By Dan Cirucci
Posted with permission from The Dan Cirucci Blog
A new academic study says that President Trump has broken with his predecessors on yet another front.
It seems a group of learned academicians who know about these things have found that both Trump’s style of speech and his actual words score higher on the confidence scale and lower on the analytical scale than all modern president starting with Woodrow Wilson and even going all the way back into the 19th century.
Here’s the way it breaks down: an analytical speaker is more likely to speak in conditioned terms with language that is couched in nuance and an either/or structure. Theoretically, an analytical speaker relies more on logic, building a case in a structured, orderly manner. On the other hand, what’s described as a confident speaking style presumably relies on clear, bold declarations; avoids conditional adjectives and adverbs and even embraces superlatives and visual imagery to make a case. Wilson was the first to use the more confident style but no one has broken with the analytical approach more than Trump has.
So, President Trump has rewritten the rules when it comes to presidential communication and this applies whether we’e talking about a stump speech a political barn burner or a state of the union address. Even President Trump’s inaugural address in 2017 was a broad-brushed symphony of self-confidence delivered in a breathtakingly vivid fashion.
How does President Trump accomplish all this and why is he so unafraid to break the rules?
Well, for one thing Trump is simply a natural-born salesman. Nearly his entire business success has been built on his sales acumen. When it comes to selling, no matter the product, his instincts have proved to be peerless. He implicitly trusts himself to make the sale and he delivers nearly every time.The confidence that he exudes is not merely part of his own charisma but it’s inherent to the brand that he has created.
The confident style can have way of sticking with the audience. So, when President Trump says “That I can tell you” or “Don’t worry, it will be done,” there’s a finality and a certainty to the words.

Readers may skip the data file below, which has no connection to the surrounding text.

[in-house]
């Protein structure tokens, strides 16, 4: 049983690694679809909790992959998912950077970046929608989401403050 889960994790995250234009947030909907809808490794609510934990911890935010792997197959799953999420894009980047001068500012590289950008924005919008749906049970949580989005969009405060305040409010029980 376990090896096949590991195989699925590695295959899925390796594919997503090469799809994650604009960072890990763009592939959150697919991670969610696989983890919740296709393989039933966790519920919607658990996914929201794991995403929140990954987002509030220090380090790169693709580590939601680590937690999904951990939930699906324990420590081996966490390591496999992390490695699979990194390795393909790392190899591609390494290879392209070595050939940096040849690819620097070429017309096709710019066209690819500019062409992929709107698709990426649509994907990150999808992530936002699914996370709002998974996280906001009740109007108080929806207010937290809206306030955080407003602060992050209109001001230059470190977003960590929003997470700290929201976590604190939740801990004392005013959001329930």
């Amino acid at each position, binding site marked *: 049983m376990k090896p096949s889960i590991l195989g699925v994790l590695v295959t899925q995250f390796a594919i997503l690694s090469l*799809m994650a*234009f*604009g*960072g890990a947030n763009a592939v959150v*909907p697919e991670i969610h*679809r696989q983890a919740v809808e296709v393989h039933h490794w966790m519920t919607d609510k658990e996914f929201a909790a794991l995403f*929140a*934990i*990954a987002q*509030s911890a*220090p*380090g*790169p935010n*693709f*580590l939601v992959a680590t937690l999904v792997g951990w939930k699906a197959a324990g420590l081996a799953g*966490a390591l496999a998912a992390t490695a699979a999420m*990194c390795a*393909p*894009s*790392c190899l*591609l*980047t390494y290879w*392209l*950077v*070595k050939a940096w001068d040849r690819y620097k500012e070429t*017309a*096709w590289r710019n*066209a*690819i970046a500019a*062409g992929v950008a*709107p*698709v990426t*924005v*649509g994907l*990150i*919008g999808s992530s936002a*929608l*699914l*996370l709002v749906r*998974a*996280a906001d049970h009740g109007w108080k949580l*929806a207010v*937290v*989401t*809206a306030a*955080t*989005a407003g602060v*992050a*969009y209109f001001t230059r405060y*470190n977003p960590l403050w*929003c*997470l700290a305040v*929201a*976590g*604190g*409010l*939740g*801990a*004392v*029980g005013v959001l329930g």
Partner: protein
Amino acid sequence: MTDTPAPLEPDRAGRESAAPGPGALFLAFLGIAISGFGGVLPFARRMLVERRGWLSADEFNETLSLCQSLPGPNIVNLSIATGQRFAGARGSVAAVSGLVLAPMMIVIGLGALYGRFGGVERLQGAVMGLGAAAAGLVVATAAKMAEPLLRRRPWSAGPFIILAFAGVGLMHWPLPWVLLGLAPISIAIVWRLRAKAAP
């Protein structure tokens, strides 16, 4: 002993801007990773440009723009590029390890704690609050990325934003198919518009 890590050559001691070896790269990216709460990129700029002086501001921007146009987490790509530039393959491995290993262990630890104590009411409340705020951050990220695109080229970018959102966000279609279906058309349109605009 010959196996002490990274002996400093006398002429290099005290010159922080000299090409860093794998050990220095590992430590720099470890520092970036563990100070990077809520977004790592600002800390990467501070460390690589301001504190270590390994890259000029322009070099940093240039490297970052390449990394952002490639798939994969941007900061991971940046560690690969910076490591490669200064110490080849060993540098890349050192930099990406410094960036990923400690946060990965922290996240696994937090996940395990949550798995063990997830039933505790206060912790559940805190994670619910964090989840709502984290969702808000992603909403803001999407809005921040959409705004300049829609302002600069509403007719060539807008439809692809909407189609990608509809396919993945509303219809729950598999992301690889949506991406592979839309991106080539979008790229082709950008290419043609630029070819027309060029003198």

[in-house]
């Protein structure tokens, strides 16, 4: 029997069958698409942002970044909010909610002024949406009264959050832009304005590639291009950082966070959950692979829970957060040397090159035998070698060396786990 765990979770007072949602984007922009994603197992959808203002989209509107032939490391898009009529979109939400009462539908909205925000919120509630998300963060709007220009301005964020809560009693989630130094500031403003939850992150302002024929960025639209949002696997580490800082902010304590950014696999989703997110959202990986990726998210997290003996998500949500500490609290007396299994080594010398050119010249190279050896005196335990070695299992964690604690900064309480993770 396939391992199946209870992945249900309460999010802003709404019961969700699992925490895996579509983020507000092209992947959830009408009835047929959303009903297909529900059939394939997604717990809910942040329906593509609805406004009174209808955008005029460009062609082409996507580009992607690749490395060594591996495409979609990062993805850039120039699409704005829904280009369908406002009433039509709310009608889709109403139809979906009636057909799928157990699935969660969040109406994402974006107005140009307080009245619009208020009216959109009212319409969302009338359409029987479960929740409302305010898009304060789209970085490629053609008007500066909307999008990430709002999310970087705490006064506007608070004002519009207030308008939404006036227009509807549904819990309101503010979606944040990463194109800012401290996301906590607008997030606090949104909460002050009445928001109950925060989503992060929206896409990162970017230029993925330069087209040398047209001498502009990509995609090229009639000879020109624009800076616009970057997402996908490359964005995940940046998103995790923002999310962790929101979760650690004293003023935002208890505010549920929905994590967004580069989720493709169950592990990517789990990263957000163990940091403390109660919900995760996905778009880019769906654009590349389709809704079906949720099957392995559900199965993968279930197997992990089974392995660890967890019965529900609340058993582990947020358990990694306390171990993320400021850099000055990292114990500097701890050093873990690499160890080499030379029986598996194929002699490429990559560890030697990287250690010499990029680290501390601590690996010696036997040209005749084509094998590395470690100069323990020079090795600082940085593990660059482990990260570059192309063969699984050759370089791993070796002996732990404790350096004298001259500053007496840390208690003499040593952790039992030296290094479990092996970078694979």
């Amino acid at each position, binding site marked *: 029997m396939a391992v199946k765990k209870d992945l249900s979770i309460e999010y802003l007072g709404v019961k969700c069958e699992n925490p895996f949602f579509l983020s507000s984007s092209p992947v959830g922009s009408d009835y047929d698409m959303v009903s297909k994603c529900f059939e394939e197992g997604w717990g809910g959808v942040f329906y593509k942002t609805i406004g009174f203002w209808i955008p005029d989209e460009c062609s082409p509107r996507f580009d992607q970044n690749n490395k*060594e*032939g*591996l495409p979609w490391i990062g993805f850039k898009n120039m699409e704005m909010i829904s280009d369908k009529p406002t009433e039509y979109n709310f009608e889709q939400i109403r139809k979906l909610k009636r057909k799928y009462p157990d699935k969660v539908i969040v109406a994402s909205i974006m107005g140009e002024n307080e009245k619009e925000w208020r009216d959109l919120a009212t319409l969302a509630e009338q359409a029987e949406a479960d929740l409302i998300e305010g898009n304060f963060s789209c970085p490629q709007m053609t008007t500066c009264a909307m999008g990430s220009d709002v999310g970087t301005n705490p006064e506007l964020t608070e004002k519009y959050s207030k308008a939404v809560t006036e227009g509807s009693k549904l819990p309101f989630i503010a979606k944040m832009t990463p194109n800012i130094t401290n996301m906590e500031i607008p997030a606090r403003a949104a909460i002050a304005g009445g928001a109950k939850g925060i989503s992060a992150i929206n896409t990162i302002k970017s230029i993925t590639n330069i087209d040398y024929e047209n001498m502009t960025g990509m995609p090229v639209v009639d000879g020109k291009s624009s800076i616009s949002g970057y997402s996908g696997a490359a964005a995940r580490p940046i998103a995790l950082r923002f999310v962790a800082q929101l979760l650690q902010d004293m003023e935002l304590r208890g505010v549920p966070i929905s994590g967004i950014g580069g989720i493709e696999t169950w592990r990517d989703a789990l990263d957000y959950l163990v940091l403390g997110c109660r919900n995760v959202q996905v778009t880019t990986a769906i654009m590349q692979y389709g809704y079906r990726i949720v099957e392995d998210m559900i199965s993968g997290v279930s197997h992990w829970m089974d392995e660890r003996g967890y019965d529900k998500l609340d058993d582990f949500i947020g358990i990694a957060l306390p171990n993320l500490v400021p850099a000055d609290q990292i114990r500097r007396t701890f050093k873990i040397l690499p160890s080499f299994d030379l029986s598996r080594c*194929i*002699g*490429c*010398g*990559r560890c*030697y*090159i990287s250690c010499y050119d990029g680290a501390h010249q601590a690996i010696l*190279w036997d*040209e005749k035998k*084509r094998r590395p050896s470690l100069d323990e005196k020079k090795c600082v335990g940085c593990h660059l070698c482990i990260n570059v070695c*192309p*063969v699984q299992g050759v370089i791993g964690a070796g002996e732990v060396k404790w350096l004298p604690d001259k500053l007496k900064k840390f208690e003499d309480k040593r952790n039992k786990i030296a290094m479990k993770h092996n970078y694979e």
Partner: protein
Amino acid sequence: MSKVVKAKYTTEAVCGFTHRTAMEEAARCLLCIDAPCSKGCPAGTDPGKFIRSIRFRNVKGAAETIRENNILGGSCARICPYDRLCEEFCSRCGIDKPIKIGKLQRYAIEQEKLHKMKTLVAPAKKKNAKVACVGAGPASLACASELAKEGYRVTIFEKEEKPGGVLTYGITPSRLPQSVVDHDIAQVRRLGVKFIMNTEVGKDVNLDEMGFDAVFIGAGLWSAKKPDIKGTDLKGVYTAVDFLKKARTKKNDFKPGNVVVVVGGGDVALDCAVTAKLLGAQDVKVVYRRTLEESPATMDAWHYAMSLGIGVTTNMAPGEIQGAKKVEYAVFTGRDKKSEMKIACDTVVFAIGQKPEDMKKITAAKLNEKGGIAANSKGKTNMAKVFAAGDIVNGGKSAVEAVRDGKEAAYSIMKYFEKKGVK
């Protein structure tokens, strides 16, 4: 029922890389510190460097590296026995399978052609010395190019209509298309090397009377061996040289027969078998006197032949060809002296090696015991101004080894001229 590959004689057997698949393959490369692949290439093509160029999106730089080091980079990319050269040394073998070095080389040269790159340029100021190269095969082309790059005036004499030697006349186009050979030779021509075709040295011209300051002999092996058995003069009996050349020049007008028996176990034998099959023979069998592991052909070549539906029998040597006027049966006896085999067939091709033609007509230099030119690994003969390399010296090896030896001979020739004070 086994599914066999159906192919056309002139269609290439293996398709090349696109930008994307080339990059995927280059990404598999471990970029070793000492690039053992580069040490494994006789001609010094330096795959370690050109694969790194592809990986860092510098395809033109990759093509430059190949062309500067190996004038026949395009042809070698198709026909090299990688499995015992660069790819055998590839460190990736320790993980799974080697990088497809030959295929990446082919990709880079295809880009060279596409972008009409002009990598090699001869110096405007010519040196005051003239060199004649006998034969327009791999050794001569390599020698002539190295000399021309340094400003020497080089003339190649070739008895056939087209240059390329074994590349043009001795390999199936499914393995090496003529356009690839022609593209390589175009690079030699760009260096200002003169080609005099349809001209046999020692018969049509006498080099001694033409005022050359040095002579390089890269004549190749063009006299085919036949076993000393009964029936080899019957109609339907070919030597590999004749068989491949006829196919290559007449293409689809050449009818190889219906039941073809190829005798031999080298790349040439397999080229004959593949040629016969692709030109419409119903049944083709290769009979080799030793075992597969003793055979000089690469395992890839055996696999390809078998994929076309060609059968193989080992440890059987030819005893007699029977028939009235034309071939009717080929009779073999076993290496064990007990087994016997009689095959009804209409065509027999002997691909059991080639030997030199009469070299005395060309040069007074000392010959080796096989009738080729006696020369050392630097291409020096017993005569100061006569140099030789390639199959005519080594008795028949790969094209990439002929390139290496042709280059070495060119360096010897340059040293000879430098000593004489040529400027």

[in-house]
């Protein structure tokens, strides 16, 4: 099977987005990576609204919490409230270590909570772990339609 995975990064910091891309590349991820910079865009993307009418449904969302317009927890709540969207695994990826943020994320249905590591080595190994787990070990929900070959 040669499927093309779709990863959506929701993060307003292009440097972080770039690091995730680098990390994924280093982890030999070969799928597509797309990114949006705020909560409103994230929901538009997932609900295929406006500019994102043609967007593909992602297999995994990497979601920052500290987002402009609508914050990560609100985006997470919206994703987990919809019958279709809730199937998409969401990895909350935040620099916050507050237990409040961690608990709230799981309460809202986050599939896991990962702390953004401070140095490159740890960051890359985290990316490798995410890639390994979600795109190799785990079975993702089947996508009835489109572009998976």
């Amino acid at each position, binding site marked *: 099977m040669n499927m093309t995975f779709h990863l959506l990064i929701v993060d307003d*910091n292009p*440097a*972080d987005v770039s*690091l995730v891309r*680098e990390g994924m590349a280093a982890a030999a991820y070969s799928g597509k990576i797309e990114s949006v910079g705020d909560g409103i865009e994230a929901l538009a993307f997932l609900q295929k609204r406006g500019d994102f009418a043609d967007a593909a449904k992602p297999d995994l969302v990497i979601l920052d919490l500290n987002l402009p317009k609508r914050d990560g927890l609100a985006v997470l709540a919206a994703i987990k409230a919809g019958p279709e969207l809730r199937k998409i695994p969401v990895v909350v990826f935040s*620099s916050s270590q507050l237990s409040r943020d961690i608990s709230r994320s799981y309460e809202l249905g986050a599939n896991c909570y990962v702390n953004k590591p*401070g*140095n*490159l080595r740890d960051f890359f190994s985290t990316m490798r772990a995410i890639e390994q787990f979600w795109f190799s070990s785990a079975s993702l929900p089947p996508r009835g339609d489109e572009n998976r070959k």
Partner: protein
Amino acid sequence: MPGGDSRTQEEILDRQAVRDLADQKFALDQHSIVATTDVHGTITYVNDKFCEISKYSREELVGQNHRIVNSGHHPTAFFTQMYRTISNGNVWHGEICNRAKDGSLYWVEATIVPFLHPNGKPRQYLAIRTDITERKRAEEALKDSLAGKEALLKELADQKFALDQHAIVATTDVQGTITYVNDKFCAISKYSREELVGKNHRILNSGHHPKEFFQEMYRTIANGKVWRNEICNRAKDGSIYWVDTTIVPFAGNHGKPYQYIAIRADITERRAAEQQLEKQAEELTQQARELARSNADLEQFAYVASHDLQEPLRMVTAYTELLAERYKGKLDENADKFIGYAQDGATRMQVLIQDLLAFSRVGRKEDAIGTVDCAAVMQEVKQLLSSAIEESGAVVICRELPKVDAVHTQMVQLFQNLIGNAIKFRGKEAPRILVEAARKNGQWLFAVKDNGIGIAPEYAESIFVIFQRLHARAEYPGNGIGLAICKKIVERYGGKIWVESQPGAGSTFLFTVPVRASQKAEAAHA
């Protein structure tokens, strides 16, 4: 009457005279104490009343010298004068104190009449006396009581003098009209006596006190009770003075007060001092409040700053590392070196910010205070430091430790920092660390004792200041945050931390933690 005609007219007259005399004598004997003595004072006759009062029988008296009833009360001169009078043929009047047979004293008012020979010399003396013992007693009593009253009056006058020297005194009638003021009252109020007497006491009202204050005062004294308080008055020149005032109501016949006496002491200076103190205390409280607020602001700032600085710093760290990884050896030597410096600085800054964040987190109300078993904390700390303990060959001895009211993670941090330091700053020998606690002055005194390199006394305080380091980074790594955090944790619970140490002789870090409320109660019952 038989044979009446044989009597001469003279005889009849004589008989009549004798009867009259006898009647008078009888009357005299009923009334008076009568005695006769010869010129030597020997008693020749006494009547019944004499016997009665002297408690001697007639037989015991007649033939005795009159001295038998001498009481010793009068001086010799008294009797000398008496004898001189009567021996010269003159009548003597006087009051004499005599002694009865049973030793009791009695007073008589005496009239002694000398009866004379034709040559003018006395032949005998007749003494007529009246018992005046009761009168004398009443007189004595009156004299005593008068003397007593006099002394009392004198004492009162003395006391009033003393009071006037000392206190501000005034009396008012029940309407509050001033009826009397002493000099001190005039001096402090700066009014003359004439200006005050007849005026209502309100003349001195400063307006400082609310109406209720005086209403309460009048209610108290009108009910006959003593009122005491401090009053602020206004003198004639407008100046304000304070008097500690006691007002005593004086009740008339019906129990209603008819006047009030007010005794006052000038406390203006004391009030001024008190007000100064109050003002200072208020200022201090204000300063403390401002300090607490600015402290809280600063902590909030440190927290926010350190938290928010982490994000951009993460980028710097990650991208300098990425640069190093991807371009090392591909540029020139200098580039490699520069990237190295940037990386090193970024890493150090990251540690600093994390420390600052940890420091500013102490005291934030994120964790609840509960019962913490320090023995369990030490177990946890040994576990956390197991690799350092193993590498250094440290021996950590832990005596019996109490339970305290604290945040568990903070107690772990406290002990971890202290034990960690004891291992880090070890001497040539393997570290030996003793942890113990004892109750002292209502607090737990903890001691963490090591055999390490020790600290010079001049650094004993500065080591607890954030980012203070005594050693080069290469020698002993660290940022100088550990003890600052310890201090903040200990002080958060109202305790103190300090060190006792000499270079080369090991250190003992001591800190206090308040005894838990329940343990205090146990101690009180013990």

Part of the reason for this is the fact that President Trump doesn’t hesitate when he speaks. There are no long pauses or “ehhs” or “uuuhhhs” or “ahhhs” in his delivery — none whatsoever. Yes, he often uses a teleprompter but so have all of the other presidents in the modern era. The difference is that Trump simply does not stumble. And, incredibly, he can turn away from the text of the speech in the prompter even for significant lengths of time and then turn back to it seamlessly.
Trump also has an impressive ability to read his audience. Reading an audience while you’re delivering a speech is a fine art. Because he’s constantly taking the pulse of the audience (astutely determining their level of interest, engagement, enthusiasm or lack thereof) Trump can easily hold a crowd’s attention for 40, 60, 80 or even 90 minutes.
Again, this ability probably comes from Trump’s depth or experience as a salesman. If you can’t gauge the potential customer’s level of interest while you’re making your sales presentation, you’ll never make the sale. You need to know when and how to use certain techniques or rhetorical devices to close the deal.
Because he is inherently visceral and instinctive, Trump doesn’t need analytics. In fact, he’s probably suspicious of metrics, and rightfully so. This is a man who trusts his heart and gut and his appeal to his audience is heart-to-heart and gut-to-gut. He knows that his vast army of enthusiasts “get it” — that they understand what he’s talking about and where he’s coming from — even if so-called “detached” observes can’t fathom his appeal.
Watch Trump closely and you will see there’s a method to what intellectual snobs would dismiss as his madness. He knows when to slow down or speed up in his delivery. He understands the ebb and flow of a speech. He knows when to break away for an anecdote, a self-deprecating remark, a clever observation, the biting dismissal of a foe, the expression of heartfelt gratitude and even a poignant aside. At the same time, he will stay on message and come back to the same words and phrases again and again. These become part of the Trump lexicon and the contribute to this president’s iconography.
Finally, credit must be given to Trump’s speechwriters and among these the master is undoubtedly Stephen Miller. At 33, Miller is a wunderkind — a shrewd political operator, a consummate strategist, a bold visualizer and a master of the written and spoken word.
Because the media are so consumed with TDS (Trump Derangement Syndrome) they have been unable to even begin to recognize President Trump’s impressive abilities as a communicator and his remarkable accomplishments. But this is probably just as well. Like Ronald Reagan, President Trump doesn’t always mind being undervalued or underestimated. If all this gives him more room to devise, surprise and ultimately triumph, so much the better.